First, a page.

Angiography is a special type of X-ray that lets your doctor view your coronary arteries to see if the blood vessels to your heart are narrowed or blocked.
Before the procedure
Tell your doctor what medicines you take and any allergies you may have.
Tell your doctor if you've had a reaction to contrast dye or have had any kidney problems.
Don’t eat or drink anything for at least 6 to 8 hours before the procedure. You will likely be told not to have anything after midnight, the night before the procedure.
A nurse will place an IV catheter in your vein to give fluids, and medicine to relieve pain and help you feel less anxious.
He or she will clean your skin and, if necessary, shave the area where the catheter will be inserted.
During the procedure
Your doctor will place a long, thin tube called a catheter inside an artery in your groin or arm and guide it into your heart.
He or she will inject a contrast dye through the catheter into your blood vessels or heart chambers.
X-rays are taken to show images of the inside of your heart and coronary arteries.
After the procedure
Your doctor or nurse will tell you how long to lie down and keep the insertion site still.
If the insertion site was in your groin, you may need to lie down with your leg still for several hours. If bleeding occurs, a nurse will apply pressure to the area to control it.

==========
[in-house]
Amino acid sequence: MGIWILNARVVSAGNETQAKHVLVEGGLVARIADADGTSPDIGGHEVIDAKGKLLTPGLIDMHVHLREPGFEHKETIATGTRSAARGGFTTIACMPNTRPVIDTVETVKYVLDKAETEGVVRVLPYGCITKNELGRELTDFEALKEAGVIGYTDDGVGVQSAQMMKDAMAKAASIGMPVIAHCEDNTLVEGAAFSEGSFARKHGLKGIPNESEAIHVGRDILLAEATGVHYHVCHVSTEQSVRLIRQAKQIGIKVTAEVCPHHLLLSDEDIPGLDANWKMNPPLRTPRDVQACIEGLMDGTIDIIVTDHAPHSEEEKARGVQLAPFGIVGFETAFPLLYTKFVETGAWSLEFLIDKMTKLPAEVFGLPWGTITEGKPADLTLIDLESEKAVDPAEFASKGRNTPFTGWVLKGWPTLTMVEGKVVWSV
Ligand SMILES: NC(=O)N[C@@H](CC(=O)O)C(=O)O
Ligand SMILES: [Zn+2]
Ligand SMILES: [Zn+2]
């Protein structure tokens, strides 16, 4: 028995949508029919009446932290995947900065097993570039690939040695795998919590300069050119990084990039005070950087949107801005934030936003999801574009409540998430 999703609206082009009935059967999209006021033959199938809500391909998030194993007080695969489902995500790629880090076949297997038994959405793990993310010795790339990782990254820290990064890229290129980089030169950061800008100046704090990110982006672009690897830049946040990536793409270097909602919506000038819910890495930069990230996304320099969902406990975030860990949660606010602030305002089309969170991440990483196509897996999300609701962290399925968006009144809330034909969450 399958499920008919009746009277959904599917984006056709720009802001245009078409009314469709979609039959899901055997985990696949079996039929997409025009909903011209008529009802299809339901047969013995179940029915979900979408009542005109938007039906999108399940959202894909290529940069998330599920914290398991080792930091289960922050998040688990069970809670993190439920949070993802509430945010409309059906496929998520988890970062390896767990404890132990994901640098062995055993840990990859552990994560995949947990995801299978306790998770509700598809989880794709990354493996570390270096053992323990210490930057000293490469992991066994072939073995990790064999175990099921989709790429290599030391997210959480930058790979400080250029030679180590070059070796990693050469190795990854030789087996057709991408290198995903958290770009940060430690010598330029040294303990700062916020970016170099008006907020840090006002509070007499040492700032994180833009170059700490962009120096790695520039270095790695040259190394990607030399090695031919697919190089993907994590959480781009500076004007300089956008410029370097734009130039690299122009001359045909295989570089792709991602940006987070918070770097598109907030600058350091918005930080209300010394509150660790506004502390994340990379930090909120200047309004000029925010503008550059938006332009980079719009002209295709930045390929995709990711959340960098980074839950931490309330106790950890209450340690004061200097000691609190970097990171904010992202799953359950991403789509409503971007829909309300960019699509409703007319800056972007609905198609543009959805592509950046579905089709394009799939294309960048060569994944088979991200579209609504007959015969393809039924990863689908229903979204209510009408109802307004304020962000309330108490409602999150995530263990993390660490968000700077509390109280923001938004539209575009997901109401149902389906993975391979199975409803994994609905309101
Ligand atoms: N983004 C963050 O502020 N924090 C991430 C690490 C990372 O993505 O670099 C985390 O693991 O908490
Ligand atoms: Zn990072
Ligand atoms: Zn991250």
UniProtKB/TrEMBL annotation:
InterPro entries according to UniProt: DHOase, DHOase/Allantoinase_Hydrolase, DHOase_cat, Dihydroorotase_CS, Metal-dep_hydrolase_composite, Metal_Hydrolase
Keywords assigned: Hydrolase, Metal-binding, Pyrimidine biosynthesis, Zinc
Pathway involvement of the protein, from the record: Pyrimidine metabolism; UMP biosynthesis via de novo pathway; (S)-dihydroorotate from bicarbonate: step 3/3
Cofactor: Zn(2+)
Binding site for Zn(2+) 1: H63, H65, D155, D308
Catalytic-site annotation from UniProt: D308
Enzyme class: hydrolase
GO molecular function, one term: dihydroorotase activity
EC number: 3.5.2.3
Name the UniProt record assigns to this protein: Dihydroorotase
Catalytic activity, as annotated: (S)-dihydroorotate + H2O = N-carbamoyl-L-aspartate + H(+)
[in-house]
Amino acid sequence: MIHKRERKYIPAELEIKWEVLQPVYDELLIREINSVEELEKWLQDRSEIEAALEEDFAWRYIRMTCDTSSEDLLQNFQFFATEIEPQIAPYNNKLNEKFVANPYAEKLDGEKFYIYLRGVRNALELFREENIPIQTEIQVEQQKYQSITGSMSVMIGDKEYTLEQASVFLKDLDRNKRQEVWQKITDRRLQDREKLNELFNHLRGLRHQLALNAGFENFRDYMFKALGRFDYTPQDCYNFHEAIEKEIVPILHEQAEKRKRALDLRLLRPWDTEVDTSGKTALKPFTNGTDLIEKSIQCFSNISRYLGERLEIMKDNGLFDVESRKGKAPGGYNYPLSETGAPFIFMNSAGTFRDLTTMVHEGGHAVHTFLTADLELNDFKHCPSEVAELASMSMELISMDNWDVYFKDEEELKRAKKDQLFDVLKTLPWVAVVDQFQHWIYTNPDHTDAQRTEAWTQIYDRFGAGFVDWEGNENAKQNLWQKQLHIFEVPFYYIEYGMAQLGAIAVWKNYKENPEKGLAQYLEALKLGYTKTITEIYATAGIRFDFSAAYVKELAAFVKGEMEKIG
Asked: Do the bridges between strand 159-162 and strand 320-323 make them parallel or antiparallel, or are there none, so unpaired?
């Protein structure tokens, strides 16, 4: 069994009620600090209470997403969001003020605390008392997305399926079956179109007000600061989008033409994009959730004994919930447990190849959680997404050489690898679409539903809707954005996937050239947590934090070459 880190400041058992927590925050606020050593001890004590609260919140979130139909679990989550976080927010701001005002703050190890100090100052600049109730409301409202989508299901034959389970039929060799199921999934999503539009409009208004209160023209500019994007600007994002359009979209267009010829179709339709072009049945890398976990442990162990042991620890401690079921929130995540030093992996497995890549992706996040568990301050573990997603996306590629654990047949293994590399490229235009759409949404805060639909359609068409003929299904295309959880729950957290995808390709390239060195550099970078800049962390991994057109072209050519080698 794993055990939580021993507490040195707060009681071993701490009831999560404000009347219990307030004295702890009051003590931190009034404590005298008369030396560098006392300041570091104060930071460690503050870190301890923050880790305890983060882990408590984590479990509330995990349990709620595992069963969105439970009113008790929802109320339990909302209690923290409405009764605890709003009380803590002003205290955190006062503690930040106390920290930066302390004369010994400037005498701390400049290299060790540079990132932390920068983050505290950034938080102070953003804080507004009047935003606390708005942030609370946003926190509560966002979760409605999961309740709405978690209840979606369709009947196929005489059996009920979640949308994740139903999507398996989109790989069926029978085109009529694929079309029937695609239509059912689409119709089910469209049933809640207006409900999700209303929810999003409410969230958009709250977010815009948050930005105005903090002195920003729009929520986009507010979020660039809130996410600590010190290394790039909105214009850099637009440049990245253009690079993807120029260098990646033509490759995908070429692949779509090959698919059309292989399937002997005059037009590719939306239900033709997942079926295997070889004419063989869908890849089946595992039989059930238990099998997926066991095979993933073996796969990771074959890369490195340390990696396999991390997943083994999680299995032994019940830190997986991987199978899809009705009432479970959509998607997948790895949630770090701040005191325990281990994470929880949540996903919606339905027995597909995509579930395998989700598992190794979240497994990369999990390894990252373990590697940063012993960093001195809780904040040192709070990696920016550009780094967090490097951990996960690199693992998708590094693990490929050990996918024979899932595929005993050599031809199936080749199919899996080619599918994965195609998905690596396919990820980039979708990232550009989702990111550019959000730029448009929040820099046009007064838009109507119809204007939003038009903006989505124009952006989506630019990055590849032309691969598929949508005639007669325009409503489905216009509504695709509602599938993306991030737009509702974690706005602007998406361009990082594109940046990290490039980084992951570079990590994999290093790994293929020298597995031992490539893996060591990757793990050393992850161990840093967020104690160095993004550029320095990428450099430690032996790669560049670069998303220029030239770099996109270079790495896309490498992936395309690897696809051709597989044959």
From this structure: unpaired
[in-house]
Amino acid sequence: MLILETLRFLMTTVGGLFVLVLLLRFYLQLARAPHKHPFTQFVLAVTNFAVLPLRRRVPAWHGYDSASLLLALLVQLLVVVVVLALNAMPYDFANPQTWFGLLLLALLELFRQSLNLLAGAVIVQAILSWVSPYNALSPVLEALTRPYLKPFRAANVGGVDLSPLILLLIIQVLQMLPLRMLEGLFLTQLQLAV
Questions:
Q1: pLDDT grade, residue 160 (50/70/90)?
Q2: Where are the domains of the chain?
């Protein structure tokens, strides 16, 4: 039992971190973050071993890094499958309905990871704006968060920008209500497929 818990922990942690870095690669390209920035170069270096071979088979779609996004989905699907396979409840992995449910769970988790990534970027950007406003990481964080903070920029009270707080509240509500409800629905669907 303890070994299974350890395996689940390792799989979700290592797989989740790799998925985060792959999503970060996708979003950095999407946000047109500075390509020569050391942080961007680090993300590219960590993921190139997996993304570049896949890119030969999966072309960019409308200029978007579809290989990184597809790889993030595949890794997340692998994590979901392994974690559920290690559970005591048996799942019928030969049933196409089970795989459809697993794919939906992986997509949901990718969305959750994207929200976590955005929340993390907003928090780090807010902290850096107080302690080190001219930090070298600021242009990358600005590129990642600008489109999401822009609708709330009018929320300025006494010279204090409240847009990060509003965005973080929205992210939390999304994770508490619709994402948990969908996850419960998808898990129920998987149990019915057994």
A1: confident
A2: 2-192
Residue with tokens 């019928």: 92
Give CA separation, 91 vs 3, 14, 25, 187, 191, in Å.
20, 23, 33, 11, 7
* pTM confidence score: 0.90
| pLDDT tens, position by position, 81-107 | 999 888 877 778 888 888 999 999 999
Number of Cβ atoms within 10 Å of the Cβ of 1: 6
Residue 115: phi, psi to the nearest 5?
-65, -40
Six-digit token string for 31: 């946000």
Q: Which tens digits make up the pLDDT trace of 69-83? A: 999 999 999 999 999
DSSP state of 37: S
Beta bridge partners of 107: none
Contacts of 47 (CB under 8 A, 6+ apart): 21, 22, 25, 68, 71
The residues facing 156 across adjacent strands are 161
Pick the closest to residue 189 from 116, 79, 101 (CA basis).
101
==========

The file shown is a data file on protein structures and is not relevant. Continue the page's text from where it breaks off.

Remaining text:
A nurse will check your blood pressure and the insertion site frequently to make sure you remain stable after the procedure.
You may be asked to drink fluid to help flush the contrast liquid out of your system.
Have someone drive you home from the hospital.
If your doctor uses angioplasty to treat a blocked artery, you will stay the night in the hospital.
It’s normal to find a small bruise or lump at the insertion site. The lump may be the collagen plug or stitch that you feel, or a small bruise. These common side effects should disappear within a few weeks.
When to call your healthcare provider
Contact your healthcare provider right away if you have any of these:
Pain, swelling, redness, bleeding, or drainage at the insertion site
Severe pain, coldness, or a bluish color in the leg or arm that held the catheter
Fever over 100.4°F (38°C)
March 21, 2017
Complications of Diagnostic Cardiac Catheterization, UpToDate, Lange, RA. Diagnostic Cardiac Catheterization, Circulation (2003); 107; e111-e113
Gandelman, Glenn, MD, MPH,Snyder, Mandy, APRN